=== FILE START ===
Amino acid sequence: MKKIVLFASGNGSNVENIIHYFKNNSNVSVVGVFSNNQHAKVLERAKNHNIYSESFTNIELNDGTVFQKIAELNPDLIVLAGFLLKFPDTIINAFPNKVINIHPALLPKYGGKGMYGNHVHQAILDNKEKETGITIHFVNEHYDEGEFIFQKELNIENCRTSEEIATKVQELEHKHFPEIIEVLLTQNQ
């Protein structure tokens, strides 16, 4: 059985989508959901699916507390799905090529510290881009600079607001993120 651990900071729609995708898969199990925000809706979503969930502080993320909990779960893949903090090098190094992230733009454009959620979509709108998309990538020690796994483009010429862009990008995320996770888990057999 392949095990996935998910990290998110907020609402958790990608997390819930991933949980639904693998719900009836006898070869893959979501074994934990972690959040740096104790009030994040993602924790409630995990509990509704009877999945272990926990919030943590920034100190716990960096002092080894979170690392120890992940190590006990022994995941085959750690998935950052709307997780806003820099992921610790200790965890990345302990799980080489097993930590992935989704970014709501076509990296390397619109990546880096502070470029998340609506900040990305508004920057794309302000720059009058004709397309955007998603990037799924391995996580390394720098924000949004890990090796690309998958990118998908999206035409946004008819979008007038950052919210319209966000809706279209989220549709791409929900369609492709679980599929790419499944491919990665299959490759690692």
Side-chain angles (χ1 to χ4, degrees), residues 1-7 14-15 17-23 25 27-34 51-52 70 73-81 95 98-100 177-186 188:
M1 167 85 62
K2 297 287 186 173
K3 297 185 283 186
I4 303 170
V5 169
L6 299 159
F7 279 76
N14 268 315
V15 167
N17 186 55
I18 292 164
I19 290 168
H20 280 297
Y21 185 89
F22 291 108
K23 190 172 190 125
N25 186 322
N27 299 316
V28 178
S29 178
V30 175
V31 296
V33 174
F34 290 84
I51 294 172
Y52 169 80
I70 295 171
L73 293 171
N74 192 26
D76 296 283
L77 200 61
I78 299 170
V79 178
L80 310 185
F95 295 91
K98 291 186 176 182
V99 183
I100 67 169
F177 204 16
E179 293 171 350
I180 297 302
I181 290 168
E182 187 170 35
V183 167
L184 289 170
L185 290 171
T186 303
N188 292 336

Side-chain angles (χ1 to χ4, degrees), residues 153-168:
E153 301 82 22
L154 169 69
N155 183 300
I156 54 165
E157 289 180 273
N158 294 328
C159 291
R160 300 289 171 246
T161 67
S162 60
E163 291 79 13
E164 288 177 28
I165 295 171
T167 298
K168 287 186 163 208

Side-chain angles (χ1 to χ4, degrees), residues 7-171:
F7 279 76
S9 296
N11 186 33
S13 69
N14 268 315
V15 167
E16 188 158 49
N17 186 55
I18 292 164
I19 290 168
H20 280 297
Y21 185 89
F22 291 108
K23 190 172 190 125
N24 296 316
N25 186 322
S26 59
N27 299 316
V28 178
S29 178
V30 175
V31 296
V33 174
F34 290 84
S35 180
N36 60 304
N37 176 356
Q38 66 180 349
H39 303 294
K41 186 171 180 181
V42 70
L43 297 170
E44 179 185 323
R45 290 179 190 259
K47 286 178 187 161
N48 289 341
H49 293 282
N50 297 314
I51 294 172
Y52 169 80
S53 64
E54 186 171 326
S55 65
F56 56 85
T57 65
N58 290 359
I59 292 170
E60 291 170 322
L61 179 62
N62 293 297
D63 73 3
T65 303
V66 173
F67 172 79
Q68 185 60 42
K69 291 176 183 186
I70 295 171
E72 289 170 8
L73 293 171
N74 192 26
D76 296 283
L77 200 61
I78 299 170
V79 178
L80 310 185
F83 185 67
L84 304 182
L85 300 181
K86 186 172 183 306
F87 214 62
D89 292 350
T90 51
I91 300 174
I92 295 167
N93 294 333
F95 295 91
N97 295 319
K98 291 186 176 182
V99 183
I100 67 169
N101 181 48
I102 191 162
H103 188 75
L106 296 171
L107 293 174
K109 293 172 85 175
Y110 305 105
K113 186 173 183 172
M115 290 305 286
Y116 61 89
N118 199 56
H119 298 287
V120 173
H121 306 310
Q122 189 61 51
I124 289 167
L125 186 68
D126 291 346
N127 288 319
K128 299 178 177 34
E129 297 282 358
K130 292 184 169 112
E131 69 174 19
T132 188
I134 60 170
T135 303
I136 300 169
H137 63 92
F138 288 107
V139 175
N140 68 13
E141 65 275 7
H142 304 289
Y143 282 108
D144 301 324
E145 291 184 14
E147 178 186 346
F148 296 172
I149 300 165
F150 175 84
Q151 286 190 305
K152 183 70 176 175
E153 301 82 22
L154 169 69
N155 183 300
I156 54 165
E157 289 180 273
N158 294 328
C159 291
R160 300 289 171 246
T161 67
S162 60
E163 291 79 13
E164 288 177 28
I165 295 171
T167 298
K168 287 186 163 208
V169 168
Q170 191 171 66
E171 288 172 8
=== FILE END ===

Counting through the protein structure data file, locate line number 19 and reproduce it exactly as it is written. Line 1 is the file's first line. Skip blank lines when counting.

K23 190 172 190 125